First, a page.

R-spondin-3 induces secretory, antimicrobial Lgr5<sup>+</sup> cells in the stomach.

Authors:
Michael Sigal, Maria Del Mar Reinés, Stefanie Müllerke, Cornelius Fischer, Marta Kapalczynska, Hilmar Berger, Elvira R M Bakker, Hans-Joachim Mollenkopf, Michael E Rothenberg, Bertram Wiedenmann, Sascha Sauer, Thomas F Meyer
Year of publication:
2019
Volume:
21
Issue:
7
Issn:
1465-7392
Journal title abbreviated:
NAT CELL BIOL
Journal title long:
Nature cell biology
Impact factor:
28.824
Abstract:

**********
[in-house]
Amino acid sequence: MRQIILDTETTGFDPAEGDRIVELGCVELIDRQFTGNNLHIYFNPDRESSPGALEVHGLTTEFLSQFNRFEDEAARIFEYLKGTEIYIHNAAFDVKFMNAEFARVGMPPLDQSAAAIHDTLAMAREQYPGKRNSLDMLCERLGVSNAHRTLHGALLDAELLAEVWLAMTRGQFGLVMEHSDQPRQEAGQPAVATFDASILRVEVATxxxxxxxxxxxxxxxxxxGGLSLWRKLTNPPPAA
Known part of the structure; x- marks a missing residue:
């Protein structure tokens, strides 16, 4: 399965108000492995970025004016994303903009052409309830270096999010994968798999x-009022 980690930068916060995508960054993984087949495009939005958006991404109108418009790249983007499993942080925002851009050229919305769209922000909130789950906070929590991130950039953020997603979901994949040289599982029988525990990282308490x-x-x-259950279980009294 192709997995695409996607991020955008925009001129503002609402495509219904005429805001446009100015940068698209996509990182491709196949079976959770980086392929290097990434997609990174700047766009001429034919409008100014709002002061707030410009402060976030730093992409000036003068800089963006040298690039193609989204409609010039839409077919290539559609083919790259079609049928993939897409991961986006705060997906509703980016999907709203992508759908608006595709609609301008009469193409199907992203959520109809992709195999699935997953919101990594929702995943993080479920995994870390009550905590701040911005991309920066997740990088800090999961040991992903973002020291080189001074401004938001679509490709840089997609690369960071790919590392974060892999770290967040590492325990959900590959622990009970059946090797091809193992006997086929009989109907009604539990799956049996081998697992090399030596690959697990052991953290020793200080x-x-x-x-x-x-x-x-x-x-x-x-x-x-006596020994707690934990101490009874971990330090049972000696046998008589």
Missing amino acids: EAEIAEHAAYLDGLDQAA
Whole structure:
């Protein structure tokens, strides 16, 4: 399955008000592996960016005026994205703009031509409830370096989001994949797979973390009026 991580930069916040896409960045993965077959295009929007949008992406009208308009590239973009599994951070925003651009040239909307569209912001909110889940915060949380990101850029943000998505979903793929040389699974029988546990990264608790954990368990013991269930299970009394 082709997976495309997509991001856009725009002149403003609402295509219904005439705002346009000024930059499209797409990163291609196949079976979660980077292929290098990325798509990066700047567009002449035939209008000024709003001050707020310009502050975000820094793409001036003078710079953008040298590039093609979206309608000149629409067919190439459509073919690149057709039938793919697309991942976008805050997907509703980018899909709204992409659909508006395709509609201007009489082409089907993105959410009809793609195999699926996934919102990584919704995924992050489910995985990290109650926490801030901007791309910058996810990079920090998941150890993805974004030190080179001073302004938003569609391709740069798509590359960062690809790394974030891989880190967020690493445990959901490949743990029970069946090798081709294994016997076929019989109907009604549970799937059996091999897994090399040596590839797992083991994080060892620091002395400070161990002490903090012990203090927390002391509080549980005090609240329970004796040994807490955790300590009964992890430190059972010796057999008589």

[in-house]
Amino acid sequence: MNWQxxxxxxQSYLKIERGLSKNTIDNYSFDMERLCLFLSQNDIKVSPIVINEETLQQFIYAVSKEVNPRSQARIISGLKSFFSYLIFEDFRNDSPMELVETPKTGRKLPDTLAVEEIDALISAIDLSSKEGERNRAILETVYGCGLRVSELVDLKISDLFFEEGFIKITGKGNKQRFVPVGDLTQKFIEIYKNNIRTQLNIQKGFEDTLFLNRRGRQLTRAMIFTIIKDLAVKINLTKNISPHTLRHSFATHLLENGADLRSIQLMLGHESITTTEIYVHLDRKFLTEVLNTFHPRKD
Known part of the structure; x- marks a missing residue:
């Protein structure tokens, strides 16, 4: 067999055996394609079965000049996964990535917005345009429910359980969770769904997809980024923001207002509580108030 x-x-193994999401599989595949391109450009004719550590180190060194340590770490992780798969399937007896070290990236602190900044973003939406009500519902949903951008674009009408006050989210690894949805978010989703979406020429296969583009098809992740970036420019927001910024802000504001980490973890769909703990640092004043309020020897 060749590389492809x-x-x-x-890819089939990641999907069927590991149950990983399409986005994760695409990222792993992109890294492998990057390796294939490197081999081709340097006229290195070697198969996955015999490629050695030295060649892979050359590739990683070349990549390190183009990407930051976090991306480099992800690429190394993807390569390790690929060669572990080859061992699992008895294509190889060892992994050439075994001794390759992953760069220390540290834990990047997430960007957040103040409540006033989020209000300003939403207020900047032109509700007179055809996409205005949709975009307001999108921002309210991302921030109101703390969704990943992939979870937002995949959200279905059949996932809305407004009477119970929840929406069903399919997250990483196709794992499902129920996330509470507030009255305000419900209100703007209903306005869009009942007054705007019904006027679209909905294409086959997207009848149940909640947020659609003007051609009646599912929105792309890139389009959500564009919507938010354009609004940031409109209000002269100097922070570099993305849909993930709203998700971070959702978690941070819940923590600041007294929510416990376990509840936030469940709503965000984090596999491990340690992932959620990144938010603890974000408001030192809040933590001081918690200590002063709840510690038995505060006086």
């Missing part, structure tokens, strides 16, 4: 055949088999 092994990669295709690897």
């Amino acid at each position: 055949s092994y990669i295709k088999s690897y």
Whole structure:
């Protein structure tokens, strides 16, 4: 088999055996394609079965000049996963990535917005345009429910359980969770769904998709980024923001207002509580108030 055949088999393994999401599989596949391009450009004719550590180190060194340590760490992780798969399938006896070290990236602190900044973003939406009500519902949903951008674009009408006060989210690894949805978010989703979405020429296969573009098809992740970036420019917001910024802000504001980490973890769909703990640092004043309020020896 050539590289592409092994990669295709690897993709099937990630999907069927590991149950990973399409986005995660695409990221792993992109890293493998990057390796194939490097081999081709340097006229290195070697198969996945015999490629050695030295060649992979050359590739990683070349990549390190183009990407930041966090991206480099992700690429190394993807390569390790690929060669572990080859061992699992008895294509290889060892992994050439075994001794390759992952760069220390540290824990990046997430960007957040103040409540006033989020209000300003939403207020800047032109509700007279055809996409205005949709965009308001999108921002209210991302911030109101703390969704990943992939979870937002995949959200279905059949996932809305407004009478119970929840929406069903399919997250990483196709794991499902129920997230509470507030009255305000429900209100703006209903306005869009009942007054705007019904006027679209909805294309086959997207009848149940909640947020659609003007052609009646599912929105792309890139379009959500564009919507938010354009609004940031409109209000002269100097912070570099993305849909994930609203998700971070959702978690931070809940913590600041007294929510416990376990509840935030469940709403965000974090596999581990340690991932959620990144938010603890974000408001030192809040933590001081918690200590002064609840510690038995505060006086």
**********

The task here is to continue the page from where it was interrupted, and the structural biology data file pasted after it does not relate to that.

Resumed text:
Wnt signalling stimulated by binding of R-spondin (Rspo) to Lgr-family members is crucial for gastrointestinal stem cell renewal. Infection of the stomach with Helicobacter pylori stimulates increased secretion of Rspo by myofibroblasts, leading to an increase in proliferation of Wnt-responsive Axin2<sup>+</sup>Lgr5<sup>-</sup> stem cells in the isthmus of the gastric gland and finally gastric gland hyperplasia. Basal Lgr5<sup>+</sup> cells are also exposed to Rspo3, but their response remains unclear. Here, we demonstrate that-in contrast to its known mitogenic activity-Rspo3 induces differentiation of basal Lgr5<sup>+</sup> cells into secretory cells that express and secrete antimicrobial factors, such as intelectin-1, into the lumen. The depletion of Lgr5<sup>+</sup> cells or the knockout of Rspo3 in myofibroblasts leads to hypercolonization of the gastric glands with H. pylori, including the stem cell compartment. By contrast, systemic administration or overexpression of Rspo3 in the stroma clears H. pylori from the gastric glands. Thus, the Rspo3-Lgr5 axis simultaneously regulates both antimicrobial defence and mucosal regeneration.